Do you put away the BBQ as soon as September starts? Think again, BBQ is do-able all whatever the season and these books from the experts at Weber will have you fired up all year.

The big difference between what we call BBQ and the Americans call BBQ is that we usually mean grilling. A few chicken legs cooked over coals, usually served raw inside and burnt outside

When Americans say BBQ they usually mean cooking off the direct heat and with the lid on. That’s why the classic BBQ cooker is the Weber kettle BBQ, designed by George Stephen Sr. in 1952 when he was working making marine buoys. He took a buoy home, cut it in half and the classic Weber BBQ was born.

The shape in fact was the clever thing, allowing heat to move around evenly. And the lid, of course. He refined the design into the icon it is today.

I’ve had the same Weber Kettle for almost ten years. It’s been bowled over by strong winds, it’s been knocked over by foxes and I’ve dropped the lid countless times. Apart from a few dents and scuffs, it’s fine and with no trace of rust. It was a brilliant investment.

Almost every Sunday I cook the roast dinner in it. It doesn’t matter if it’s raining or snowing, once I have the lid back on the only slight problem is rain dropping in through the small ventilation holes, but it’s not much of an issue. I make a small tinfoil cover.

These three Weber books cover every kind of cooking with charcoal: direct, indirect and smoking. And if you have gas, don’t worry, they even cover using gas too.

Weber’s Complete BBQ Book is the one that tries to cover everything and is probably the one to buy first. Over 150 BBQ recipes and pages of basic BBQ lore, like how to properly get a fire started, essential tools and useful tips Clear step by step photos for almost every page help show you how to prep meat, such as spatchcocking chickens, and how best to cook the cuts.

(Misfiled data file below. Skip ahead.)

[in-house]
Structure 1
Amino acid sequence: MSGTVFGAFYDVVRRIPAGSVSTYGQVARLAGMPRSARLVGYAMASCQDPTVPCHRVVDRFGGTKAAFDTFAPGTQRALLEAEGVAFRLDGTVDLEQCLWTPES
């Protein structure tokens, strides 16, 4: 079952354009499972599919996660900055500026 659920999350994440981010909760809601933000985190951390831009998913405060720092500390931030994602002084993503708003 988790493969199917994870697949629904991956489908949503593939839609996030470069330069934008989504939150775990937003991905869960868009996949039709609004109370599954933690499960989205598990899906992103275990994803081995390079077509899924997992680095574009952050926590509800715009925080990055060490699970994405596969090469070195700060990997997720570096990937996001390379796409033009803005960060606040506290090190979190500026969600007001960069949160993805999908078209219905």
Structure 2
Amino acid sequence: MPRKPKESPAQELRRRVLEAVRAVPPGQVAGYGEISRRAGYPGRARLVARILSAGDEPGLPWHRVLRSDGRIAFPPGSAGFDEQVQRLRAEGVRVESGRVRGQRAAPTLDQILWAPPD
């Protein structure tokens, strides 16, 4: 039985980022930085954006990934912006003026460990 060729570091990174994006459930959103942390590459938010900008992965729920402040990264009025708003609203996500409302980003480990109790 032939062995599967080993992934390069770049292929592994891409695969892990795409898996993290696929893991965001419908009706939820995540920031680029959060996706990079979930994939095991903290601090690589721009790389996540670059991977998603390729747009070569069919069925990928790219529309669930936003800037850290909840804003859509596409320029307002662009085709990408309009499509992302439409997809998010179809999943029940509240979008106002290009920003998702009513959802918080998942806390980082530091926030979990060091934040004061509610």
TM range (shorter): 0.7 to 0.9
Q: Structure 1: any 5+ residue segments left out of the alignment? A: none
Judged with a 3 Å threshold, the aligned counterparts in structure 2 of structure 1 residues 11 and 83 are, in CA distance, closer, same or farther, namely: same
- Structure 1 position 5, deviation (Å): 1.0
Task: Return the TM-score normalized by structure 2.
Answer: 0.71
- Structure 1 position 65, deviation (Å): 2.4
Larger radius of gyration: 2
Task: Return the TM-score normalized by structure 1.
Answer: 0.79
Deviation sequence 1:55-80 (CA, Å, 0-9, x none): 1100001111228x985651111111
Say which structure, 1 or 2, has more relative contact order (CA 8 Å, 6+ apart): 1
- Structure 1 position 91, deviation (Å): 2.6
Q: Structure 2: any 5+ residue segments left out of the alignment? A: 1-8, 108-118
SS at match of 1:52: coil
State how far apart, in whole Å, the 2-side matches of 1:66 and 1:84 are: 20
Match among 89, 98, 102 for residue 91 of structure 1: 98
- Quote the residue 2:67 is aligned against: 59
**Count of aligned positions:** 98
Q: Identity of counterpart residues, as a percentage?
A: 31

Meat, vegetables, seafood and fruit are all covered, with recipes from around the world.


Closer to the home of BBQ is Weber’s American BBQ. A Modern Spin On The Classics. This celebrates America’s multiculturalism and how so many people have brought something new to the world of BBQ. 120 recipes for competition standard ribs, pork shoulder and brisket from the pitmasters, plus travel features touring the American States and all the local best-loved dishes. If you’ve mastered the basics of BBQ, this book will take you up to the next level.


My personal favourite is however. You don’t need the Weber Smokey Mountain water smoker, although I have one and recommend it. Smoking is nearly always a long process so the weather doesn’t really matter. On an 8 hour smoke you need only nip outside every few hours to check on things and perhaps add more charcoal. I’ve been out with torch and umbrella lots of times, much to the neighbours’ bemusement.

This book has all the classic recipes and more, like slow-roasted ham with a sweet and sour cider glaze, mesquite cheeseburgers, smoked pork loin and all kinds of ribs plus sections on different kinds of brine and the types of wood to add to get flavour.

You’ll learn how to smoke on just about any kind of bbq, adapting what you have to get great results.


So don’t banish the BBQ to the shed as summer fades, get one of these great books and get outside all year long.